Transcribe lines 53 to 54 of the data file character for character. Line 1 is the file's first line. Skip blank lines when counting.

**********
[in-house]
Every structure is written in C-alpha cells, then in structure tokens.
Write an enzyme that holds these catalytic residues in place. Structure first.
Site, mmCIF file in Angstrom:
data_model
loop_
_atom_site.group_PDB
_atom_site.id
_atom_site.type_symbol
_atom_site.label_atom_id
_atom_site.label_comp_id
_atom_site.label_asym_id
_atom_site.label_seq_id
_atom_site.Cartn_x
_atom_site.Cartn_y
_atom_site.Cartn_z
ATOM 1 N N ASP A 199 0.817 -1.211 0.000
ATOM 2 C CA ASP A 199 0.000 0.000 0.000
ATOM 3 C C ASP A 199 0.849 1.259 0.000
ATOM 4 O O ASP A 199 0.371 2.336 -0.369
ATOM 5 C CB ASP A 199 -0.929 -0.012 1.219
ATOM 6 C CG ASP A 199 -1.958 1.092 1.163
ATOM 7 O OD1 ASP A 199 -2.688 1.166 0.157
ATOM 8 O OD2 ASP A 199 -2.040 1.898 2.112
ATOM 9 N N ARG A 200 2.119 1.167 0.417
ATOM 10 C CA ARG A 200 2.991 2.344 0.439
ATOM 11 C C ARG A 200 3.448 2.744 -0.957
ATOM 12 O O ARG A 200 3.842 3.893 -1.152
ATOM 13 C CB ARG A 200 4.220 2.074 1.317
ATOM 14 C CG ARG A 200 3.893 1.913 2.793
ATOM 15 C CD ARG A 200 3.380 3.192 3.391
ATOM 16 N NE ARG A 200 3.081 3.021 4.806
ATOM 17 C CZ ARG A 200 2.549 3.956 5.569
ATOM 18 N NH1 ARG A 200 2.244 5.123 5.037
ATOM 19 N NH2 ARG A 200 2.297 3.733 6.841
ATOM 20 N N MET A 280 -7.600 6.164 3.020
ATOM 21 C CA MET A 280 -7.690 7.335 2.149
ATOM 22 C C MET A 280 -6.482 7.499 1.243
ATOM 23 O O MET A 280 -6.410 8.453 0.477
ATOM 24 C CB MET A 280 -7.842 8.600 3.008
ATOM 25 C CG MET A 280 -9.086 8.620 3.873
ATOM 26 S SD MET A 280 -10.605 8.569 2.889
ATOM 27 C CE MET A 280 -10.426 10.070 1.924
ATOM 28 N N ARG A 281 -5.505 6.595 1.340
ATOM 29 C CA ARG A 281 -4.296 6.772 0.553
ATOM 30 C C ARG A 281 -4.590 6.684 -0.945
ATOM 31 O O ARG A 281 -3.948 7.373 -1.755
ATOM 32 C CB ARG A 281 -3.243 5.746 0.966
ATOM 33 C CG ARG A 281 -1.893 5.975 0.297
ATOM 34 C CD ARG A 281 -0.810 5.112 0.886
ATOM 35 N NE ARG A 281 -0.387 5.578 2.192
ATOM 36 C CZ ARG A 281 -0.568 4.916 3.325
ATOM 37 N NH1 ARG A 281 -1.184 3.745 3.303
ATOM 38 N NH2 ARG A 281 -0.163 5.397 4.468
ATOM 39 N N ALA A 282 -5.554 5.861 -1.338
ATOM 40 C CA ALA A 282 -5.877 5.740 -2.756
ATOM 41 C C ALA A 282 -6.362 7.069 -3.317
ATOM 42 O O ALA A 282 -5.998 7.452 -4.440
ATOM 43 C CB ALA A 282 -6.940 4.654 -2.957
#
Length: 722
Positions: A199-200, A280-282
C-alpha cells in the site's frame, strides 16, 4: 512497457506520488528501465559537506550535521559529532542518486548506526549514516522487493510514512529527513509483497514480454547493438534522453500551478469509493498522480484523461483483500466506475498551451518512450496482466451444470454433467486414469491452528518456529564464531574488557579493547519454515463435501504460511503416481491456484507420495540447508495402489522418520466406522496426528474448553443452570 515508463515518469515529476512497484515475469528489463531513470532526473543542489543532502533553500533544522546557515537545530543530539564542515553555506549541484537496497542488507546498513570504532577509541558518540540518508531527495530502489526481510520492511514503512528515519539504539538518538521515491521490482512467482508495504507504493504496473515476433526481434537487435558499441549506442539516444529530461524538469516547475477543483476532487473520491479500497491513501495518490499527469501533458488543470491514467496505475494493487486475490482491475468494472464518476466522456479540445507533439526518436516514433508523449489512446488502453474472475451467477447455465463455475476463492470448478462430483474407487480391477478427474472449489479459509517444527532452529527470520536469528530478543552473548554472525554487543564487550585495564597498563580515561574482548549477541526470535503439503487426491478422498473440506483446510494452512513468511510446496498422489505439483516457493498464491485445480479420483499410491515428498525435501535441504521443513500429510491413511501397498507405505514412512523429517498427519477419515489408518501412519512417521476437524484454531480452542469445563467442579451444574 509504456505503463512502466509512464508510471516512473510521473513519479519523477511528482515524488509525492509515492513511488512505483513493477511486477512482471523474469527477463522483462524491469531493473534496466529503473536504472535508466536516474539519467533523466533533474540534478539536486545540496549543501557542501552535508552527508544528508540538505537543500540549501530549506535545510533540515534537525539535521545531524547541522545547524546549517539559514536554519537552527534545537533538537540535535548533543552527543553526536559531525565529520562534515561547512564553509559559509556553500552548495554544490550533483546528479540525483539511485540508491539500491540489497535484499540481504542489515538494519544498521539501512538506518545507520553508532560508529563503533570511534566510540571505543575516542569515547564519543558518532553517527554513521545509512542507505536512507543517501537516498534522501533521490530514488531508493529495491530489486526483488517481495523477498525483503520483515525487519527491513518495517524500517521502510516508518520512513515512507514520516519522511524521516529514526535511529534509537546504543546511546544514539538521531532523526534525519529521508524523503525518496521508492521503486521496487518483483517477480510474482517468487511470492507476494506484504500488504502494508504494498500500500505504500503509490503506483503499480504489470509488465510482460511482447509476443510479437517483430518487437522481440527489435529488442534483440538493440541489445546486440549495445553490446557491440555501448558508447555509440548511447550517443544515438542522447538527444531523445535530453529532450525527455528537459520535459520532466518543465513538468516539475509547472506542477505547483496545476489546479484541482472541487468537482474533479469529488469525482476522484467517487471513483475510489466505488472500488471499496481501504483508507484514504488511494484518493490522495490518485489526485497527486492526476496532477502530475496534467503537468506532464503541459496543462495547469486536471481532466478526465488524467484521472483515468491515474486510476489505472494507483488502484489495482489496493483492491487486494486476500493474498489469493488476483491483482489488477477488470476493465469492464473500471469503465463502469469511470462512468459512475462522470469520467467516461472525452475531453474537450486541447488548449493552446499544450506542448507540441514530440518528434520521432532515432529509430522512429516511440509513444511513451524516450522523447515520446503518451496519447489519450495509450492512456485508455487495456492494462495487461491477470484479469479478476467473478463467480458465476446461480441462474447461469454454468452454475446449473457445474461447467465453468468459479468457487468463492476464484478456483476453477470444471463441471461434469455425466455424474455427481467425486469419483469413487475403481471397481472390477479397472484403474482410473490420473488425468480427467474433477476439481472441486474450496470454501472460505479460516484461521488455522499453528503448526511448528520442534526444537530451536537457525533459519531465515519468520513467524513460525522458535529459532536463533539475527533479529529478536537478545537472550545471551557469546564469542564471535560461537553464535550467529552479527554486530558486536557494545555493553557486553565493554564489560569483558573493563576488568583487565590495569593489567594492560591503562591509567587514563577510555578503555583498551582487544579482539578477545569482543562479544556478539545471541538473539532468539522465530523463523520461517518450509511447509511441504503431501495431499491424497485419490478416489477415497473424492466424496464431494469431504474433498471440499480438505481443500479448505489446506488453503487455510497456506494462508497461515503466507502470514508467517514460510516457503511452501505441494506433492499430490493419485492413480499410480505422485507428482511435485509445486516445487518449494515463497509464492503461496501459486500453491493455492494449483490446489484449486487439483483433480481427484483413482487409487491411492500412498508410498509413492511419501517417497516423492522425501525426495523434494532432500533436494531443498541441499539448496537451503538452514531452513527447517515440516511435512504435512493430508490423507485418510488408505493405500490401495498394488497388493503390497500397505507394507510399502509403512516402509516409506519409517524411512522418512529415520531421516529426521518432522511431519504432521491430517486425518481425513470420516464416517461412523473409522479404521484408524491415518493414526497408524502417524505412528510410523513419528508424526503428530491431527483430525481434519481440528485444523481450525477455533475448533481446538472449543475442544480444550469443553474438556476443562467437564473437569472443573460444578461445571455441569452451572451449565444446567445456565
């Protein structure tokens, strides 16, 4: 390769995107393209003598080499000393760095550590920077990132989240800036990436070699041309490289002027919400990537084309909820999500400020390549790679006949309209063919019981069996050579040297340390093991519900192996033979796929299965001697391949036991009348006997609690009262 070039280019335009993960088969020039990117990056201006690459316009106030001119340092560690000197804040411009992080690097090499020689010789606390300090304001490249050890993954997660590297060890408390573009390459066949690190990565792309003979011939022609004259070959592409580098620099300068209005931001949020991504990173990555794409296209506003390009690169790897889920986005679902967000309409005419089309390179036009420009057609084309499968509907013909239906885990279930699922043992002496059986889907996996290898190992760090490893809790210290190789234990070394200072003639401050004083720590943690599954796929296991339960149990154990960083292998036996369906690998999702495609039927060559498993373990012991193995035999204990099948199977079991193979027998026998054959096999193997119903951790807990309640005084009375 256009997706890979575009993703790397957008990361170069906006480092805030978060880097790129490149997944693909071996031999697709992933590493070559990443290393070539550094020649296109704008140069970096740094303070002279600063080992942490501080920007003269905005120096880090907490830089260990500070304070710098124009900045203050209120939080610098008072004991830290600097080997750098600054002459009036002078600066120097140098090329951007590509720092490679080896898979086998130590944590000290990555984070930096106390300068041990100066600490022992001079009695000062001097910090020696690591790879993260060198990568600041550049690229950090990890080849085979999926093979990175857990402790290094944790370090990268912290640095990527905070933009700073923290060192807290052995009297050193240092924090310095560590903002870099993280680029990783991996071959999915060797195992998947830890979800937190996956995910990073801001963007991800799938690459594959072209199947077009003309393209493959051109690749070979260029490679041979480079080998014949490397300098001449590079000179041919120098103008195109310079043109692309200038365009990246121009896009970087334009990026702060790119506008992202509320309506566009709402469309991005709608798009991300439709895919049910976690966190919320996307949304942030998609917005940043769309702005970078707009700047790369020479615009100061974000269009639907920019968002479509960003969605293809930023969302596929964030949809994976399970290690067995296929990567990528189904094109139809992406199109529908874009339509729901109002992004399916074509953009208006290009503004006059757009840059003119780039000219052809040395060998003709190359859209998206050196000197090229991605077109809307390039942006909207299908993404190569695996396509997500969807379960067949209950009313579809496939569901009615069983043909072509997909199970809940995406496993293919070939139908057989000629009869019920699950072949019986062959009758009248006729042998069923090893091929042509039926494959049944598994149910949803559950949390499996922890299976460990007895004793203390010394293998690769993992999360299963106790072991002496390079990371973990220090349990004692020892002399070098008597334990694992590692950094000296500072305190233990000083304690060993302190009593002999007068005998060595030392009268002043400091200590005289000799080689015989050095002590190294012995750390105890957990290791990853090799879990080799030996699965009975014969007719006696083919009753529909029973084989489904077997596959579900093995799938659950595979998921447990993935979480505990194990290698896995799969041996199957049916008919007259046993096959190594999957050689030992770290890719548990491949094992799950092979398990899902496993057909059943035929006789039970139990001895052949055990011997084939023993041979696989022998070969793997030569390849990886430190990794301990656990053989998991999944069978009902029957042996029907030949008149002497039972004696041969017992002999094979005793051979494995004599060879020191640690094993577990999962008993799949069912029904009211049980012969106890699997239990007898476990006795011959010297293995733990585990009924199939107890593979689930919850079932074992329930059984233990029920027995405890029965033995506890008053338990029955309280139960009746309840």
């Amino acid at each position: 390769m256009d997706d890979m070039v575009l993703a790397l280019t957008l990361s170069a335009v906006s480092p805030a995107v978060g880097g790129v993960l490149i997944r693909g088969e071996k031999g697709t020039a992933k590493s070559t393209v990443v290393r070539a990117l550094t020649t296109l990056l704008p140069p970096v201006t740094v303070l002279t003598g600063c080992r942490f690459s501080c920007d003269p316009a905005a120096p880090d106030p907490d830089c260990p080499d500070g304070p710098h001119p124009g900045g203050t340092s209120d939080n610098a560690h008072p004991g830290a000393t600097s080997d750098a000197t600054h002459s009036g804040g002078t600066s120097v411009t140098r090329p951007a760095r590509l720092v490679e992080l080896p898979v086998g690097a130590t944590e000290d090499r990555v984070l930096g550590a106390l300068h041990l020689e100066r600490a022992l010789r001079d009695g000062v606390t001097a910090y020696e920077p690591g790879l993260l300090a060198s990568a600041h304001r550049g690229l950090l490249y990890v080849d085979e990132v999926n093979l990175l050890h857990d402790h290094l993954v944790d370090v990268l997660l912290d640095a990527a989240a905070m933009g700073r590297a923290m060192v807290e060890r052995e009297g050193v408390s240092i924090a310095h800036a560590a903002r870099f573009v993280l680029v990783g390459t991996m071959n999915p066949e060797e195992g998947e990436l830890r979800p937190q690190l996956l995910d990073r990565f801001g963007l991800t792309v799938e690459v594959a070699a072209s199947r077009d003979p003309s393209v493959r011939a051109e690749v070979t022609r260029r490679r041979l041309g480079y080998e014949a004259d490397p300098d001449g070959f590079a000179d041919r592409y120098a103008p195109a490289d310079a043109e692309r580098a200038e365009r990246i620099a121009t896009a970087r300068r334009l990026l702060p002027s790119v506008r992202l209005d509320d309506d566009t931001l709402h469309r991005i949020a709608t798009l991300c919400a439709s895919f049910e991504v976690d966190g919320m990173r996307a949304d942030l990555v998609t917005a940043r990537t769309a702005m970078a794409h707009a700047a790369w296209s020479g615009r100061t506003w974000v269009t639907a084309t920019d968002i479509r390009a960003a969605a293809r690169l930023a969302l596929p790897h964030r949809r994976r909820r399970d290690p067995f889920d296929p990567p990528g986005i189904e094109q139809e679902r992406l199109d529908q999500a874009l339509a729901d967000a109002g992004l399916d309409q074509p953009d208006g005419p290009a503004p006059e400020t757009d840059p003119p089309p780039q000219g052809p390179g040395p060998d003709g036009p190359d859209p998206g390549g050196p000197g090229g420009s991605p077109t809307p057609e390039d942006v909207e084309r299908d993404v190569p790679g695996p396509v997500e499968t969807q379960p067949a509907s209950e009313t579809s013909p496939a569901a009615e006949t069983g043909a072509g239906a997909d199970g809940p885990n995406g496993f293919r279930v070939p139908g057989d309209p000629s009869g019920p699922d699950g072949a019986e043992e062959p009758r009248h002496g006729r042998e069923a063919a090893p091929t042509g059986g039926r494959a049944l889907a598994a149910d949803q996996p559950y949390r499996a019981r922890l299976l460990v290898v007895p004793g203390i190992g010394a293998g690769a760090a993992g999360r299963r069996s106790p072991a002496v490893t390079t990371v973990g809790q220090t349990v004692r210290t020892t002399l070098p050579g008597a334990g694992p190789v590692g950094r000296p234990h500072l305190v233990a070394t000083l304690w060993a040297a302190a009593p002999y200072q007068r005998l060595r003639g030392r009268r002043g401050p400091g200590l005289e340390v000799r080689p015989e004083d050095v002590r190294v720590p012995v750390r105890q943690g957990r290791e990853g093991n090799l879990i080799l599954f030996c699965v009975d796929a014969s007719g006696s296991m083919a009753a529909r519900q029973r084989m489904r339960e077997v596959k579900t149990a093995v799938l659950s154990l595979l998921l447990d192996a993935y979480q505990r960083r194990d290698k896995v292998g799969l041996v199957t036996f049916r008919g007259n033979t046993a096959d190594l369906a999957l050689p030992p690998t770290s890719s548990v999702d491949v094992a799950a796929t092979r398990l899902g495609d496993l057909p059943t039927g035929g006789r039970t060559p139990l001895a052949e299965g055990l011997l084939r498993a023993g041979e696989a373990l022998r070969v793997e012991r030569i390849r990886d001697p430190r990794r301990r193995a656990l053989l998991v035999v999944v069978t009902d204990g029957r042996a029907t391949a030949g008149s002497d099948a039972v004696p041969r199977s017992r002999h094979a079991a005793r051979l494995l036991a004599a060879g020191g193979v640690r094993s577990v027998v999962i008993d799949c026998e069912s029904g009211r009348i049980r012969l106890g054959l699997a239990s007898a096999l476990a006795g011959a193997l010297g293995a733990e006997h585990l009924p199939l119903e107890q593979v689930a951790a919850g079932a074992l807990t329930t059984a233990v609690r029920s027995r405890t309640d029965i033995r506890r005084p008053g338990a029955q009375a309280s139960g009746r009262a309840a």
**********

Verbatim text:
ATOM 37 N NH1 ARG A 281 -1.184 3.745 3.303
ATOM 38 N NH2 ARG A 281 -0.163 5.397 4.468